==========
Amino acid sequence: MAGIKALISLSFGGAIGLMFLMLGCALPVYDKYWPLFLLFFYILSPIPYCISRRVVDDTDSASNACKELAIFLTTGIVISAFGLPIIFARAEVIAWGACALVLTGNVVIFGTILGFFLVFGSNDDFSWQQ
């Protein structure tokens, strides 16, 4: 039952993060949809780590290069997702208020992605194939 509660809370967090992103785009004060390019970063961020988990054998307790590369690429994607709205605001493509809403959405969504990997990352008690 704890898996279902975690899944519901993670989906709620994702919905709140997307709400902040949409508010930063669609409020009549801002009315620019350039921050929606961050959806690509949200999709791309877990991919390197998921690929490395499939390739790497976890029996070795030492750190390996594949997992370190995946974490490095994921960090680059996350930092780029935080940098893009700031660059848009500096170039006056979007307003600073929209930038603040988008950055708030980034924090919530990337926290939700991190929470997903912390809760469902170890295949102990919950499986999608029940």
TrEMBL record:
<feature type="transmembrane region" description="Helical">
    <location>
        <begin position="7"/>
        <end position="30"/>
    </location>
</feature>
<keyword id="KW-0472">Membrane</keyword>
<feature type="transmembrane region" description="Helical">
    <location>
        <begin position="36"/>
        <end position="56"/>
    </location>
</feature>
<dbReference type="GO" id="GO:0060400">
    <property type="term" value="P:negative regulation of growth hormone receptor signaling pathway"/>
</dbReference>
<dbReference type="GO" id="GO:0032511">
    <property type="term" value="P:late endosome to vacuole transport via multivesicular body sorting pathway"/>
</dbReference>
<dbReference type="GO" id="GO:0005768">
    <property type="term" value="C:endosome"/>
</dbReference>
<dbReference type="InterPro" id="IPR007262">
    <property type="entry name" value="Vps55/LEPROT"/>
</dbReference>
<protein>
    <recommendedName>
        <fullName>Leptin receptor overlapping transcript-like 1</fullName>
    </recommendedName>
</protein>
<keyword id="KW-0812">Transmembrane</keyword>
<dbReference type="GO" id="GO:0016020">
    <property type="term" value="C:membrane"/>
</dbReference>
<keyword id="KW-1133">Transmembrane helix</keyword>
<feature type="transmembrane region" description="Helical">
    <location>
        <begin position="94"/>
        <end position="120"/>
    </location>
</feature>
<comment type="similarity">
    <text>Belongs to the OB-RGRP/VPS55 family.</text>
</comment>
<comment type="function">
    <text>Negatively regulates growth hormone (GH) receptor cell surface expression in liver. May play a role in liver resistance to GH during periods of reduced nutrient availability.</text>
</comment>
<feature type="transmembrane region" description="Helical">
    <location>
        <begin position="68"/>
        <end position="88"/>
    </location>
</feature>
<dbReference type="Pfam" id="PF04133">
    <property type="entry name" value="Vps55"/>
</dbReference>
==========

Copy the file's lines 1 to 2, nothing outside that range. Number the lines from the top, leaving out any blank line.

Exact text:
Amino acid sequence: MAGIKALISLSFGGAIGLMFLMLGCALPVYDKYWPLFLLFFYILSPIPYCISRRVVDDTDSASNACKELAIFLTTGIVISAFGLPIIFARAEVIAWGACALVLTGNVVIFGTILGFFLVFGSNDDFSWQQ
């Protein structure tokens, strides 16, 4: 039952993060949809780590290069997702208020992605194939 509660809370967090992103785009004060390019970063961020988990054998307790590369690429994607709205605001493509809403959405969504990997990352008690 704890898996279902975690899944519901993670989906709620994702919905709140997307709400902040949409508010930063669609409020009549801002009315620019350039921050929606961050959806690509949200999709791309877990991919390197998921690929490395499939390739790497976890029996070795030492750190390996594949997992370190995946974490490095994921960090680059996350930092780029935080940098893009700031660059848009500096170039006056979007307003600073929209930038603040988008950055708030980034924090919530990337926290939700991190929470997903912390809760469902170890295949102990919950499986999608029940």